Supplements such as whey protein, creatine and L-cartinine are used to improve athletic performance and physique and are sold in grocery stores, vitamin shops and online. The products are popular among gym members to increase energy and build lean tissue mass. But researchers at Alliant International University in Los Angeles said overuse is increasing and dangerous.

"Men are using the supplements in a way that is risky both to their physical health and their health in terms of relationships and their own emotional wellbeing," said Richard Achiro, of the California School of Professional Psychology at the university. "It is an expression, or variance, of eating disorder behavior in these men."

Unlike anorexia or bulimia in women, which result from a desire to be thin, men are aspiring for a physique that is both lean and muscular, and are using supplements to achieve it. Achiro said overuse of the products, which are not regulated by the U.S. Food and Drug Administration, can cause diarrhea, kidney disease and renal failure. "Taken together low self-esteem and gender role conflict, which is an underlying sense of insecurity about one's masculinity, contribute more to the overuse of these products than body dissatisfaction alone," he explained.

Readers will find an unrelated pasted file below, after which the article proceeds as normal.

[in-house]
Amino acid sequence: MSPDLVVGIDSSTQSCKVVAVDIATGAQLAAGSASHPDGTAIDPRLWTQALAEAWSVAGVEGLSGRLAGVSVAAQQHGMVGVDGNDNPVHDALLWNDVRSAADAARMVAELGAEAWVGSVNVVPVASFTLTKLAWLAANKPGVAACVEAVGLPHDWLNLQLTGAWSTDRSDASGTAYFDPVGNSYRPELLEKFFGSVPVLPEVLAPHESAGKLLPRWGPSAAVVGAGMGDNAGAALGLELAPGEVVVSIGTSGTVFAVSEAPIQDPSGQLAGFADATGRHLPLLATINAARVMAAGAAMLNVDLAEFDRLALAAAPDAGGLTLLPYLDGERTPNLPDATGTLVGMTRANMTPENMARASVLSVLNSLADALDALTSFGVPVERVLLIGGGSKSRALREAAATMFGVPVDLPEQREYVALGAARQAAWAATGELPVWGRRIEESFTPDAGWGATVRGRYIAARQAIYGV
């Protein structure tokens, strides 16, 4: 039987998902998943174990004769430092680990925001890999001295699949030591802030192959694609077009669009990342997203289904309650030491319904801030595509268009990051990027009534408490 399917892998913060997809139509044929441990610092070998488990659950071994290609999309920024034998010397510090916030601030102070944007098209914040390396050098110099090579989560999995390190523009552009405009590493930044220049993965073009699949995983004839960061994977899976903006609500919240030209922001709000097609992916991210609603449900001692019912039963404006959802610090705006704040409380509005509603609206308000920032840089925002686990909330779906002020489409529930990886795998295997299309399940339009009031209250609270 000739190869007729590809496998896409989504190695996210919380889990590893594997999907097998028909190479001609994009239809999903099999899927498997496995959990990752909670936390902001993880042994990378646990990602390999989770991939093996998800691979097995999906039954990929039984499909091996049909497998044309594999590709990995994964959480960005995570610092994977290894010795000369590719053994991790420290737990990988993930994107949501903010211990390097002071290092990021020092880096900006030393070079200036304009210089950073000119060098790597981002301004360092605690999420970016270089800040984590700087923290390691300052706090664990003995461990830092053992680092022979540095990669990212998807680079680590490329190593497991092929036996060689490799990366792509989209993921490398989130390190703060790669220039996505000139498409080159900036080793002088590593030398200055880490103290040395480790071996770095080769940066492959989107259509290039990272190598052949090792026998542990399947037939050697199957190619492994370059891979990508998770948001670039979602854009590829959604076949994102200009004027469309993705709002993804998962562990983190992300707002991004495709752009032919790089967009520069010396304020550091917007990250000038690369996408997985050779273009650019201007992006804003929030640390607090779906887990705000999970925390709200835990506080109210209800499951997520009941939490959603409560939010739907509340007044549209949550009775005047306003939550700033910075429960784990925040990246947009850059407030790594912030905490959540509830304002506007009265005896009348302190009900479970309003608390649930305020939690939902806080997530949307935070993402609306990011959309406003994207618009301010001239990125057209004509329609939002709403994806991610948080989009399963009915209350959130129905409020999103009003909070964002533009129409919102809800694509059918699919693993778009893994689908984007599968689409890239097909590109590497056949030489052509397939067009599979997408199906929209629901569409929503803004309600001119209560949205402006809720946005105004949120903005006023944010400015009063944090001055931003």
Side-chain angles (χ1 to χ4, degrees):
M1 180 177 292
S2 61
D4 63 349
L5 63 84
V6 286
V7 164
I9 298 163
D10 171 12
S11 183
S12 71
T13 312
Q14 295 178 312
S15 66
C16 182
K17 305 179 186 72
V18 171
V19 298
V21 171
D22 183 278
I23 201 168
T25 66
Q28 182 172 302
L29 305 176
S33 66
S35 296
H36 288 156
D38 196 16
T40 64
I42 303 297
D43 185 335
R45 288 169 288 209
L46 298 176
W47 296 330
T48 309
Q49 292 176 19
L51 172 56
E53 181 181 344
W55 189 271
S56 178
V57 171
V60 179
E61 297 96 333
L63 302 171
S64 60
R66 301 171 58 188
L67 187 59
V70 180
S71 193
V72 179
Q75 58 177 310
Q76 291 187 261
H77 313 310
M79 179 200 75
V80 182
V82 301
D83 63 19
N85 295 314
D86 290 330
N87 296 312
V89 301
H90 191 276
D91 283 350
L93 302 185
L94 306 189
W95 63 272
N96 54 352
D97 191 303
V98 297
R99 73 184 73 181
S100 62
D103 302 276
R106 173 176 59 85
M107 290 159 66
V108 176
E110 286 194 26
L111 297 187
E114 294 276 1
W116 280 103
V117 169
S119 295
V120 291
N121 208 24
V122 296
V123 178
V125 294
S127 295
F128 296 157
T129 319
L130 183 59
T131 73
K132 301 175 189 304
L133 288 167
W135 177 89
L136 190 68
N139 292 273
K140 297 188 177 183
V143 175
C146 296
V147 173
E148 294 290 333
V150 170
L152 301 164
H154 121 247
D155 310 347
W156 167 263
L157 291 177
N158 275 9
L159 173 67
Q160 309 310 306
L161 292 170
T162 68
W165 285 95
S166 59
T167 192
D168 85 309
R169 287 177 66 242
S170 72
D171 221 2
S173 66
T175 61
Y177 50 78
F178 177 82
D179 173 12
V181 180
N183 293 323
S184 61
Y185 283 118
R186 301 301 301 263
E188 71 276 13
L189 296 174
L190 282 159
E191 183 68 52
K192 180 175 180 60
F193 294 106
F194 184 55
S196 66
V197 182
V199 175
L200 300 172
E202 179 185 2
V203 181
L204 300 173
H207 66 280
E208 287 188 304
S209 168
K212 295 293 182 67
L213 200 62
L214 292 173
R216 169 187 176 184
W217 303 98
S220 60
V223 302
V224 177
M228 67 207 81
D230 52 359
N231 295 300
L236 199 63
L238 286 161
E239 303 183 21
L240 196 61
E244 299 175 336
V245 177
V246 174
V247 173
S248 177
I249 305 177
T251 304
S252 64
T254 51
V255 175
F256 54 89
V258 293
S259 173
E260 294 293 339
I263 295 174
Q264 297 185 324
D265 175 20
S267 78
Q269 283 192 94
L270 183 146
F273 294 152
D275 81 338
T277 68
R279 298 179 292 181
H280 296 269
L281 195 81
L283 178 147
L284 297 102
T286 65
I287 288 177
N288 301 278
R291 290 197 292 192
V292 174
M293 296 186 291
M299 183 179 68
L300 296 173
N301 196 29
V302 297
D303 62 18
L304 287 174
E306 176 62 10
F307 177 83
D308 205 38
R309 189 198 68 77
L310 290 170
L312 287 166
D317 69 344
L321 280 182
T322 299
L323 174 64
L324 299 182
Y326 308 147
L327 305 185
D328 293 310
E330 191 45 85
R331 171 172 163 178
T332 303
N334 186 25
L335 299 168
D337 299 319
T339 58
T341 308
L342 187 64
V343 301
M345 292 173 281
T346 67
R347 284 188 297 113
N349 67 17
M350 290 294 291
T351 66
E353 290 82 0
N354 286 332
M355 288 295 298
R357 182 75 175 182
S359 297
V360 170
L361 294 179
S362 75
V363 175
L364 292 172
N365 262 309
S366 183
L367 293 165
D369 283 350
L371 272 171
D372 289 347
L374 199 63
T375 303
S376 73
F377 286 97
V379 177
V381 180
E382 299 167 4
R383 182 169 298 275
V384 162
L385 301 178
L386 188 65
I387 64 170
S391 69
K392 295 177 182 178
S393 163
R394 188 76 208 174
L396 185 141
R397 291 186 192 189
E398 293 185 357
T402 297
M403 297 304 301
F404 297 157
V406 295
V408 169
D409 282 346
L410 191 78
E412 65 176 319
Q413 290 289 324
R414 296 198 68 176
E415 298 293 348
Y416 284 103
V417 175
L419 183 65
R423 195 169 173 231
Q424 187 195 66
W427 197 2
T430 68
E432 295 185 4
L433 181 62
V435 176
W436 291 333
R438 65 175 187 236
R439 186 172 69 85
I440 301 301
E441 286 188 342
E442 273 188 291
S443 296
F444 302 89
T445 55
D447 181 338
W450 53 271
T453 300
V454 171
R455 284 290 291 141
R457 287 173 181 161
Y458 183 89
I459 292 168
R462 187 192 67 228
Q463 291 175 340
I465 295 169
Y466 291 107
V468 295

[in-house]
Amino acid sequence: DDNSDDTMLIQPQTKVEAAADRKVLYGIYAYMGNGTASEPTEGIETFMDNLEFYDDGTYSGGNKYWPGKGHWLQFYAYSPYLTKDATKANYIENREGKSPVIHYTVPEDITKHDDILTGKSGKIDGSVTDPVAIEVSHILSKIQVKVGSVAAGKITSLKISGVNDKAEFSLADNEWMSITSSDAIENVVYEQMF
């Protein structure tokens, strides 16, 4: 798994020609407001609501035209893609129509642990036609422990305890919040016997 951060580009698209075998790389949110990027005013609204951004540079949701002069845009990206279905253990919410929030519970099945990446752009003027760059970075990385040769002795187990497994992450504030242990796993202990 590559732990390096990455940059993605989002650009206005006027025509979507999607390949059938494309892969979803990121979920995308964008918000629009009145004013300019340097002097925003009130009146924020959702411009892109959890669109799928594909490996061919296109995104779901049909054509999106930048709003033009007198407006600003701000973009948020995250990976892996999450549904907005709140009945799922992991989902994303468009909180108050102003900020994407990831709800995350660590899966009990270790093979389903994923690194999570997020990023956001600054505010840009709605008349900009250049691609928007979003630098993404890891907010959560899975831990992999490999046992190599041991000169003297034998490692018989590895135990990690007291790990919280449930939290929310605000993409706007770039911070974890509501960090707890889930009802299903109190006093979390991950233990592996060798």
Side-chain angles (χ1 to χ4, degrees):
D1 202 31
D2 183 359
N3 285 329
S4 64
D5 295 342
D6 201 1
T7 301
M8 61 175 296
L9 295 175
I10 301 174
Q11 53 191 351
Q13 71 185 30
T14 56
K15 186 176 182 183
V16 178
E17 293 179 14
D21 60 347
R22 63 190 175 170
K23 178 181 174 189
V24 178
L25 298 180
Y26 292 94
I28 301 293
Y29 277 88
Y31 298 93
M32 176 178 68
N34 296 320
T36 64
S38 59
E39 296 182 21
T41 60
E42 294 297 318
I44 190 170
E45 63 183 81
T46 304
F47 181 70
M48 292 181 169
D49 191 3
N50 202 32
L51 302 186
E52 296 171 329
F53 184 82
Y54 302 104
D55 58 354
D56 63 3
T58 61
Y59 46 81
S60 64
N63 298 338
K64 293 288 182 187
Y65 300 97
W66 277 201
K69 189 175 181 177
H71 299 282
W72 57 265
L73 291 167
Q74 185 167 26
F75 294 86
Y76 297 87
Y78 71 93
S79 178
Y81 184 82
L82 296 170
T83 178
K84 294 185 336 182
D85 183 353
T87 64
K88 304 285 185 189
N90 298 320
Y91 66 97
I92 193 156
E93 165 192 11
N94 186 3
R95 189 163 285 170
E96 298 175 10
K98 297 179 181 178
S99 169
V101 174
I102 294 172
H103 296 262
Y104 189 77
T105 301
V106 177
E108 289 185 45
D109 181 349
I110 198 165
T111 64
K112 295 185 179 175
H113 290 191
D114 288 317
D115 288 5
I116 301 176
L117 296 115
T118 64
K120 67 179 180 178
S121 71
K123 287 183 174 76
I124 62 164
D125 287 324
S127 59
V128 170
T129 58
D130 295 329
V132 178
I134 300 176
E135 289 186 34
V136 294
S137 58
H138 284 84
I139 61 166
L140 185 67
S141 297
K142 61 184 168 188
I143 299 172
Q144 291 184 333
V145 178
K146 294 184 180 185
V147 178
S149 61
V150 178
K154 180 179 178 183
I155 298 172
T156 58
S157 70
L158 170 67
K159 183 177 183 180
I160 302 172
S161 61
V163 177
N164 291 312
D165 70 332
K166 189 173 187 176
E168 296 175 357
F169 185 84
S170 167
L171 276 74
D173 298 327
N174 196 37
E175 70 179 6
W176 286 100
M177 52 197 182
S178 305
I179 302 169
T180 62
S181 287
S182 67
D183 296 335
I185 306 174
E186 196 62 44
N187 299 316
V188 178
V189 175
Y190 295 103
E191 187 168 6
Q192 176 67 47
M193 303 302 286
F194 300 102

Achiro, who presented his research at the American Psychological Association convention in Toronto on Thursday, found in a study of nearly 200 men who took supplements in the past month that 29 percent expressed concern about using them. Eight percent admitted their doctors told them to cut back or stop and 40 percent said their use had increased over time. Achiro said he and his co-author, Peter Theodore, showed statistically that the excessive use of the supplements was a form of eating disorder. "The way in which men's bodies are being objectified by the media is catching up rapidly to what has been done to women's bodies for decades," he said. "It makes sense to believe that as that occurs men's mental health and emotional issues are going to be expressed more and more in eating disorder behavior."

Source: Reuters.

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 Post subject: Re: Body trends
PostPosted: Thu Nov 05, 2015 5:35 pm 
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One cosmetic surgery every two minutes for Brazil men: report
November 1, 2015

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The most popular operation for Brazilian males is breast reduction with 80 percent of surgeries performed on adolescents, followed by liposuction and eyelid procedures, according to SBCP (AFP Photo/Michael Buckner)